Statement by UN Resident Coordinator at UNWOMEN SDGs Data Forum

Forum on Sustainable Development Goals
and Gender Statistics

Remarks by Mr. Alvaro Rodriguez

United Nations Resident Coordinator in Tanzania

 

 

Director of Policy, Planning and Research, Ministry of Labor, Empowerment, Elderly, Youth, Women and Children, Ms. Mhaza Gharib Juma;

 

Principal Community Development Officer, Ministry of Health, Community Development, Elders, Gender, Seniors and Children, Mr. Ernest Zayumba;

 

Manager for Labour and Price, National Bureau of Statistics; Ms. Ruth Minja;

 

UN Women Officer-In-Charge, Ms. Hodan Addou;

[DN1]

Senior Advisor for Data Accountability and Sustainable Development, CIVICUS; Mr. Davis Edieno

 

UN colleagues;

Ladies and Gentlemen;

All Protocols Observed.

 

Habari za Asubuhi,

Asalam Aleykum,

Bwana Asifiwe,

And Good morning,

 

Nina furaha kubwa sana kujiunga nanyi leo katika warsha hii juu ya umuhimu wa uwepo wa takwimu katika utekelezaji wa lengo la 5: Usawa wa Kijinsia.

 

Umoja wa Mataifa una furaha kuungana na kushirikiana na serikali pamoja na wadau mbalimbali katika kufanikisha jitihada hizi za Kuhakikisha muhimu wa takwimu.

 

The aim of this workshop is to better equip national actors in the collection, monitoring and analysis of gender-specific data, in the context of the Sustainable Development Goals - otherwise known as the Global Goals.

 

The seventeen Global Goals, adopted in 2015 by all member states, aim to achieve a very ambitious agenda by 2030. Agenda 2030 envisages an end to extreme poverty, in a manner that also protects the environment, saves the planet, and ensures prosperity for all.

 

In order to achieve this agenda, we need to ensure no one is left behind – especially women and girls who are the most vulnerable and disadvantaged among us. Making sure that women and girls are not left behind is only possible if we properly collect and analyse gender data and statistics.

 

To achieve Gender Equality, we need data that truly reflects the lived realities of women and girls. Such data, which includes but is not limited to sex-disaggregated data, can tell us where we have made progress, what works and where we can do better.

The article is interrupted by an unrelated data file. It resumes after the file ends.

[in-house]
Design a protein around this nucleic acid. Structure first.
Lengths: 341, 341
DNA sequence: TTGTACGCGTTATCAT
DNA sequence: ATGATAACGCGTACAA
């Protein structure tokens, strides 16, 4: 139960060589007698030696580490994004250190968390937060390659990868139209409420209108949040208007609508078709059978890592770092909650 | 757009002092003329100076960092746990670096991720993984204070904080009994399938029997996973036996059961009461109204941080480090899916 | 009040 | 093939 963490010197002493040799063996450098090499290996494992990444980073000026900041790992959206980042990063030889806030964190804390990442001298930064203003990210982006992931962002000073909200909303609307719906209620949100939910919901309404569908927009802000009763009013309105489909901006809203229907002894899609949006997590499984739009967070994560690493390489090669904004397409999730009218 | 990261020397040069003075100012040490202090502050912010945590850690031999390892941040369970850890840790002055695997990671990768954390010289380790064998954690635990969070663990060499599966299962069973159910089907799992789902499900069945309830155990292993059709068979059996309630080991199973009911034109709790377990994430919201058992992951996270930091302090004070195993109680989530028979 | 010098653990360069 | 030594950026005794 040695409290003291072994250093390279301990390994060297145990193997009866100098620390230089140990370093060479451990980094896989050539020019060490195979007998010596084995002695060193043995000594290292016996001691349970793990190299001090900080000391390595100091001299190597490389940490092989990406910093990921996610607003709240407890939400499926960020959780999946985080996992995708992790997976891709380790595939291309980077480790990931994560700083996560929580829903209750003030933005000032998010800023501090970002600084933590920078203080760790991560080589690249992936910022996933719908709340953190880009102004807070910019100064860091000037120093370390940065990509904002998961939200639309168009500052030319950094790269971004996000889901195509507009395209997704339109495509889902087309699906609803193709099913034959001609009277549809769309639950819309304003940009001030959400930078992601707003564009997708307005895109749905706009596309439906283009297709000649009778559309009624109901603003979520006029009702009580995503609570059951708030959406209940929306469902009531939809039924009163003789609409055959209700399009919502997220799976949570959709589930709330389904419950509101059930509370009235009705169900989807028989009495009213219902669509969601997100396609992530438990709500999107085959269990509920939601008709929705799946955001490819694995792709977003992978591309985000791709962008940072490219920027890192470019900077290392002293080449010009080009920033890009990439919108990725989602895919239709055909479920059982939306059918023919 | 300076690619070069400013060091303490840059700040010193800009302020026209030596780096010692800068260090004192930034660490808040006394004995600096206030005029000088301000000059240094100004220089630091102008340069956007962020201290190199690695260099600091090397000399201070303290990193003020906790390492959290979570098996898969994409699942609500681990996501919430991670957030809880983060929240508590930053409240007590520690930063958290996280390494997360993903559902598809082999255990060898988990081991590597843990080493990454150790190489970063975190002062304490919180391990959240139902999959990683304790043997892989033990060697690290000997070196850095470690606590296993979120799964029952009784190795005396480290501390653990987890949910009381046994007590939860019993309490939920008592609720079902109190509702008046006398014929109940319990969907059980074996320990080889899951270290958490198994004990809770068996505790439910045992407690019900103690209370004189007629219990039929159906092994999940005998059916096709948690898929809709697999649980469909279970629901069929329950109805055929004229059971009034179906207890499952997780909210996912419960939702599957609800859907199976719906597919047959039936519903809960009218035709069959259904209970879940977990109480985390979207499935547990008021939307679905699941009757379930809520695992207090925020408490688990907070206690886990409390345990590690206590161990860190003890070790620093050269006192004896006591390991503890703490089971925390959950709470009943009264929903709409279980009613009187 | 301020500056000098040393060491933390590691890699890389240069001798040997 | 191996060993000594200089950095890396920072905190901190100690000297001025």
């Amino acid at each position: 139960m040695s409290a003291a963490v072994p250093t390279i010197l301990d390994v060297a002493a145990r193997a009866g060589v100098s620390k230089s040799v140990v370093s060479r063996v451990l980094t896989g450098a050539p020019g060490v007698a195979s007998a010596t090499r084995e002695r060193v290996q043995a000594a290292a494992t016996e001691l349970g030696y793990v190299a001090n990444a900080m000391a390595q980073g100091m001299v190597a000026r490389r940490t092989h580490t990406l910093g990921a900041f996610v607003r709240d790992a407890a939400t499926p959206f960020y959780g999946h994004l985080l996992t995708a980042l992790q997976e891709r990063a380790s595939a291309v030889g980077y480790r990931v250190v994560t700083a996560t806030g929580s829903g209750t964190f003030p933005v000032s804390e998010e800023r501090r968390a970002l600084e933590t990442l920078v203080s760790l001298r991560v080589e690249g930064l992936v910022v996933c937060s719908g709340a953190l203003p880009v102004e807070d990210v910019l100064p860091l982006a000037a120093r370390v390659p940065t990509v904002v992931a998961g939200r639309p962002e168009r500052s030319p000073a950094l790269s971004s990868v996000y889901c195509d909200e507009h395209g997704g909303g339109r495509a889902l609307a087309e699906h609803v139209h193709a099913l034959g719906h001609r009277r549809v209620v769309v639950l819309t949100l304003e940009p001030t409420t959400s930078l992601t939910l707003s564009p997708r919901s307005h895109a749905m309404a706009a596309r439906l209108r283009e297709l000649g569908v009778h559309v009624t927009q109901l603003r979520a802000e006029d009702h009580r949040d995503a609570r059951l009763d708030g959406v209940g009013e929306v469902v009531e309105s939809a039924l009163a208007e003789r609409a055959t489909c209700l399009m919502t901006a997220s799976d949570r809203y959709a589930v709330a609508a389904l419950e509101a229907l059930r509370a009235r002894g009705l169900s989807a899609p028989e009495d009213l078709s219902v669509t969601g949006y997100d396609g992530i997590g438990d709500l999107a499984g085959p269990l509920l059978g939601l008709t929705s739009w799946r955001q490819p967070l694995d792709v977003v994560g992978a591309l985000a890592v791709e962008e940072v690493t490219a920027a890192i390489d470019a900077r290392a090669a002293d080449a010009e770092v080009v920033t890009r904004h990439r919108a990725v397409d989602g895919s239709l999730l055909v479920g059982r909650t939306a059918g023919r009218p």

Despite how clearly important having the right data is, 80 per cent of the indicators for gender equality across the Global Goals do not have enough data. For example, only 41 per cent of countries regularly produce violence against women data; only 15 per cent of countries have laws that mandate specialized gender-based surveys; and only 13 per cent of countries have a budget dedicated to gender statistics.

 

Such data and statistics are indispensable when devising evidence-based policies that will help achieve Gender Equality. It is also crucial for assessing the impact of such policies, and promoting accountability.

 

UN Women’s global interventions on better production and use of gender statistics localization of the Global Goals are designed to provide expert support to governments that informs policy and ensures accountability.

 

Through this workshop, we hope that our government partners are better equipped for the production, monitoring and analysis of gender data, especially in the context of localizing the Global Goals in Tanzania.

 

Tufanye ya wakati, wakati tuna wakati kwani utakuja wakati, tutatamani kufanya ya wakati ,wakati hatuna wakati. 

 

Kupanga ni Kuchagua!

Asanteni Sana!